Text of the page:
Protecting Health Care Data

How business associates in the ARM industry can ensure policies and procedures are up to par.

8/26/2019 10:30 AM

NewsCollector Magazine
Protecting Health Care Data

Enforcement under the Health Insurance Portability and Accountability Act (HIPAA) is in the spotlight and, with the continuance of data breaches and risk of cyberattacks in the health care space, there is no sign it will dim anytime soon.

But companies and their business associates that evaluate their policies and procedures together on a regular basis can be prepared for risks and how to respond effectively and quickly if a data breach should occur, Tim Dressen, a communications consultant and former Collector magazine editor for ACA International, reports in the August issue.

Here are a few tips to guide you through the process of protecting health care data:

Know where the data is stored

Protecting sensitive data is impossible without a full understanding of how it’s used, where it’s stored and how it’s transmitted. For example, consider how information is transferred over your company’s network. Some copiers, printers and fax machines store past jobs until the data is purged, for example. Do you know whether such purges take place automatically, or could your office equipment take a hard drive full of protected information? Thoroughly evaluating all potential places where data may be accessed, transmitted and stored gives you a chance to identify and patch potential data security weaknesses.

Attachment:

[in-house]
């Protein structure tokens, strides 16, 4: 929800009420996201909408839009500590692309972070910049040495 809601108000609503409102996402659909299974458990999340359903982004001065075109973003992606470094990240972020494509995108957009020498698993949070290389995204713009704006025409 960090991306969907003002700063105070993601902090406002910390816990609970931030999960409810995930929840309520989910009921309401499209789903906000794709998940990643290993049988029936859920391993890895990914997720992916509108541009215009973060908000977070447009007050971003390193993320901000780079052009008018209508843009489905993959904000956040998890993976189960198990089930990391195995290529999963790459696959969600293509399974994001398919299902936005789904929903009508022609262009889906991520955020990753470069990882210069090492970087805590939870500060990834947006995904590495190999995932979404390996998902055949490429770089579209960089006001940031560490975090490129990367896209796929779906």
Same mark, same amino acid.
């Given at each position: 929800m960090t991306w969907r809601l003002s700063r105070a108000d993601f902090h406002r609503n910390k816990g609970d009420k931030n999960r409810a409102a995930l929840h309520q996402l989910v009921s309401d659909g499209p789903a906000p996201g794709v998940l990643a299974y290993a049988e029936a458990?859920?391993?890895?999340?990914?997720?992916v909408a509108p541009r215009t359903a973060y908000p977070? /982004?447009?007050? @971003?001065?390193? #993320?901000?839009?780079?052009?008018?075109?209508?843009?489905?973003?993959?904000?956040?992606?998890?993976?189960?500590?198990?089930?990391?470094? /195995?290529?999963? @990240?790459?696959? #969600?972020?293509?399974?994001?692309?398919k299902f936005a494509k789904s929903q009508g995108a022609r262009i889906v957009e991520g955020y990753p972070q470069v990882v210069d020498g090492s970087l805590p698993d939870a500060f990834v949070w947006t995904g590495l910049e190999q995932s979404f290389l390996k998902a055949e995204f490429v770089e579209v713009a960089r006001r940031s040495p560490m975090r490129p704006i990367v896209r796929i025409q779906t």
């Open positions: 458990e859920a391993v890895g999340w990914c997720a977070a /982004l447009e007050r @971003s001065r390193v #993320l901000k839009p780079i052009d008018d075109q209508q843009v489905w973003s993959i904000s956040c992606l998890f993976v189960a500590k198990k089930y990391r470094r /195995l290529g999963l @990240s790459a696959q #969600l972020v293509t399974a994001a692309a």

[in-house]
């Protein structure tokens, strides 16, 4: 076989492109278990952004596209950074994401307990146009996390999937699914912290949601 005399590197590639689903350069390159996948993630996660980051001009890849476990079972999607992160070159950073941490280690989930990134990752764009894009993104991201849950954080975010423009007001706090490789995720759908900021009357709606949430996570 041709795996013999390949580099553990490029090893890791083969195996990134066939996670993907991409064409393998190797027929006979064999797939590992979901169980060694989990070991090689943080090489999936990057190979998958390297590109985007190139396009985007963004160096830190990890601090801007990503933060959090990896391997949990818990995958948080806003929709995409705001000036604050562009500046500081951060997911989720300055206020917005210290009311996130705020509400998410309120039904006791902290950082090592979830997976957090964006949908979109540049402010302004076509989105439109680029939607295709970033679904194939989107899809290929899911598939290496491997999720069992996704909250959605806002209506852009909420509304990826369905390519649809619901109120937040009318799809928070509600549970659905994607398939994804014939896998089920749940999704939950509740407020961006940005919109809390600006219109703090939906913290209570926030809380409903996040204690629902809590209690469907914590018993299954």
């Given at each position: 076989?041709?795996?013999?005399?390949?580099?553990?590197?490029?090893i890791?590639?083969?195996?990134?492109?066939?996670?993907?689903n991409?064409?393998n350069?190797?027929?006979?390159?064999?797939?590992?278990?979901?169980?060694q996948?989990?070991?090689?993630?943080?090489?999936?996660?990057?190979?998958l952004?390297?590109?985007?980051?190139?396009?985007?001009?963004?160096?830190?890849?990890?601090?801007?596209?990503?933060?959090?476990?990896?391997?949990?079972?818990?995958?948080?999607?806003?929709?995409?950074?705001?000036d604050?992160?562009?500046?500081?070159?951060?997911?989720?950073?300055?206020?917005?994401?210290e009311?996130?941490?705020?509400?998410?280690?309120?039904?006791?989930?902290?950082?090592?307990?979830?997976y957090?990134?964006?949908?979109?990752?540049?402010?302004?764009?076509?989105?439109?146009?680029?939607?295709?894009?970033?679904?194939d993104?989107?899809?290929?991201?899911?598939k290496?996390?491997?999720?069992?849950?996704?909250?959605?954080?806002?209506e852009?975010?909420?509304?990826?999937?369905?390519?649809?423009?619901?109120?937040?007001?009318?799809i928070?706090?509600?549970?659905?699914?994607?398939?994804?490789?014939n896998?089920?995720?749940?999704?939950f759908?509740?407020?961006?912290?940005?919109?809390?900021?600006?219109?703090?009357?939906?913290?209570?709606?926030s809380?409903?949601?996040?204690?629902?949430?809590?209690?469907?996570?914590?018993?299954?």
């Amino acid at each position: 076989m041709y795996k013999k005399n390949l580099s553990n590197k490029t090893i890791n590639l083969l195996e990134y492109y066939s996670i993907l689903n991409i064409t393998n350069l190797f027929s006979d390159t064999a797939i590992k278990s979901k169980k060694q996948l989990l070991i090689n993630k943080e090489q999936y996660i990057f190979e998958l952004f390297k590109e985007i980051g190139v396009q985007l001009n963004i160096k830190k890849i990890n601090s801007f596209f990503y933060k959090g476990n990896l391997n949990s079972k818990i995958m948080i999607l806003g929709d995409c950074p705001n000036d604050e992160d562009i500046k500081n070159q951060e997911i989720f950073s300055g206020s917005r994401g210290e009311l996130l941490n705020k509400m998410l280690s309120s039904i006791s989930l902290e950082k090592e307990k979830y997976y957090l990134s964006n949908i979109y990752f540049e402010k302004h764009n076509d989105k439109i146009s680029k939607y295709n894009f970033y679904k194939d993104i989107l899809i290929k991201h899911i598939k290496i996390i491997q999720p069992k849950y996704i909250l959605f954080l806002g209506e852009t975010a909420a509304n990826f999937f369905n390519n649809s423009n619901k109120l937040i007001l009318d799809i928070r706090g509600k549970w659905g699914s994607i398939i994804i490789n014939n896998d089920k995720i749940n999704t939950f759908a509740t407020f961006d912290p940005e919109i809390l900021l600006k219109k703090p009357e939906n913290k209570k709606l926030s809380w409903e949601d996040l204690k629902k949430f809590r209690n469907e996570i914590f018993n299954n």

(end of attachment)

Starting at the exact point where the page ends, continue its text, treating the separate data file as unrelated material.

Encrypt your data

Most reported HIPAA data breaches in the first quarter of 2019 resulted from email and network server hacking or similar IT incidents. Storing and transmitting only encrypted data significantly reduces the potential severity of such hacks.

Train and test

Establishing and maintaining meaningful policies and procedures to protect data are necessary steps for any agency handling nonpublic consumer data, but such policies are worthless without ongoing employee training and monitoring. Employees need to know which patient information they should and should not be viewing along with their responsibilities for ensuring that data remains secure and private.

Review agreements

HIPAA generally requires health care providers to have business associate agreements with any company or individual performing functions on its behalf that require access to protected health information. Business associate agreements define each party’s responsibilities regarding the handling and use of protected health information. Understanding when and how security incidents need to be reported under the terms of business associate agreements is also essential in the event of a data breach.

Require vendor agreements

Agencies typically use third-party services as part of the collection process. Requiring such providers to sign business associate agreements containing the same provisions as the agreements between the agency and its covered entity clients help ensure data integrity and reduce risk.

Conduct a risk assessment

To understand where potential liabilities are most ripe, agencies can conduct a risk assessment. Third-party companies specializing in information security can provide a thorough audit to identify weaknesses and recommend solutions. Companies that are unable to commit resources to a third party can conduct a self-assessment.